[¶5] After all interested parties had presented to the BZA at the April 2016 hearing, the BZA called for a twenty-minute break before holding a vote on the permit request. During that break, Rush County Commissioner Mark Bacon approached BZA member Craig Trent and attempted to speak to Trent. But Trent promptly informed Bacon that Trent "couldn't speak to him" and Trent directed Bacon to speak to the BZA's attorney. Appellant's App. Vol. VI at 118. Trent later testified that he "d[id not] know" what Bacon had tried to say to him and that he "didn't listen" to Bacon. Id. at 119. Rather, Trent "walked away." Id. Bacon also later testified that he had no reason to doubt Trent's statement that Trent did not hear what Bacon had attempted to say. Id. at 143. After the recess, the BZA held its vote and granted Milco's petition for a special exception. In July of 2016, the BZA entered findings of fact in support of its decision and granted the special exception subject to various conditions of approval.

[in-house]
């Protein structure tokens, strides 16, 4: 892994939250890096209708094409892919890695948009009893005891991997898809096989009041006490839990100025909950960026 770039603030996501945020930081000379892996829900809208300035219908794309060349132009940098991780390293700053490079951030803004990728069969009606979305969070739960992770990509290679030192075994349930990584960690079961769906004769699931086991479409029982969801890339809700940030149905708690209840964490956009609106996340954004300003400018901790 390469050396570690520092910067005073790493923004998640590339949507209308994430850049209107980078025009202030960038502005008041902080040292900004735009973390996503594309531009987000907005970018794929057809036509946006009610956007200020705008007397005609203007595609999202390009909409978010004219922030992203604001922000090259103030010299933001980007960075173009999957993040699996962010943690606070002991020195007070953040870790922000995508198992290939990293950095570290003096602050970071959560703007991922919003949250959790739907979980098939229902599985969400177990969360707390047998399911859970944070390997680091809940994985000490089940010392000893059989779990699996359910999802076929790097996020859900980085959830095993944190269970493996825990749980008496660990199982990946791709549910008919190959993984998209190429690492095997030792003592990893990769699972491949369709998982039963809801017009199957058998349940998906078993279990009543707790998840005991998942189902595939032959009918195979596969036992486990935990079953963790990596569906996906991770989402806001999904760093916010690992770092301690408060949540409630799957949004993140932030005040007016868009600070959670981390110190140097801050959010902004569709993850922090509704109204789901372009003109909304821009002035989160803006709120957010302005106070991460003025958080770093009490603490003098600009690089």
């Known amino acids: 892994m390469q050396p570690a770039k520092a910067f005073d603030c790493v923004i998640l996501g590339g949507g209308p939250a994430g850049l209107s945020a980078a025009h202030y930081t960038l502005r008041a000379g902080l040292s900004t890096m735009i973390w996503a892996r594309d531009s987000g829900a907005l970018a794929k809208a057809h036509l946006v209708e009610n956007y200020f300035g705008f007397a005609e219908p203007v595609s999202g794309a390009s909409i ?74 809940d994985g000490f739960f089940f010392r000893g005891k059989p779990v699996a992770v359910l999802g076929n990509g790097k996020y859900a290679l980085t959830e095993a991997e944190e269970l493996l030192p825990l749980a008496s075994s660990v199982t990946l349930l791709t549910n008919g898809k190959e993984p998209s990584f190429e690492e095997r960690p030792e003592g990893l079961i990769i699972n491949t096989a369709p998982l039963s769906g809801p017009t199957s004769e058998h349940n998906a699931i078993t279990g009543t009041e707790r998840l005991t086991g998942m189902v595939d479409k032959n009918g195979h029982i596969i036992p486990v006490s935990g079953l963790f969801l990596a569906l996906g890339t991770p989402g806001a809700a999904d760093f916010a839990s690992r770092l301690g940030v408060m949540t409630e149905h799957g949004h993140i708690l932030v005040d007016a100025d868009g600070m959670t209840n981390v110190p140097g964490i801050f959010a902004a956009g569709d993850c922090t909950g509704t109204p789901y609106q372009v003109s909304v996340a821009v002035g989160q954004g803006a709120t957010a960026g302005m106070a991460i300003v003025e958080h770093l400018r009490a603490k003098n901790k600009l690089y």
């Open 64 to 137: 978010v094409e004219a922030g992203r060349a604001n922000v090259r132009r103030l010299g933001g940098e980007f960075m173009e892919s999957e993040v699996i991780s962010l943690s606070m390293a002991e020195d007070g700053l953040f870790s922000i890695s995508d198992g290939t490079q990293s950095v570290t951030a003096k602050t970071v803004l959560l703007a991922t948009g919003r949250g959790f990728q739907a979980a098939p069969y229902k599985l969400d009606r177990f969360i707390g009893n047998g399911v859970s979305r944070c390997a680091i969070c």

[¶6] House of Prayer filed a petition for judicial review from the BZA's decision and also sought declaratory judgment. The parties filed briefs for and against House of Prayer's petition and designated evidence in support of their briefs. After argument to the court, the court entered findings of fact and conclusions thereon in which the court denied House of Prayer's petition for judicial review and request for declaratory judgment. This appeal ensued.

         Discussion and Decision

         Overview

         [¶7] House of Prayer appeals from the trial court's denial of its petition for judicial review.[3] As our Supreme Court has explained: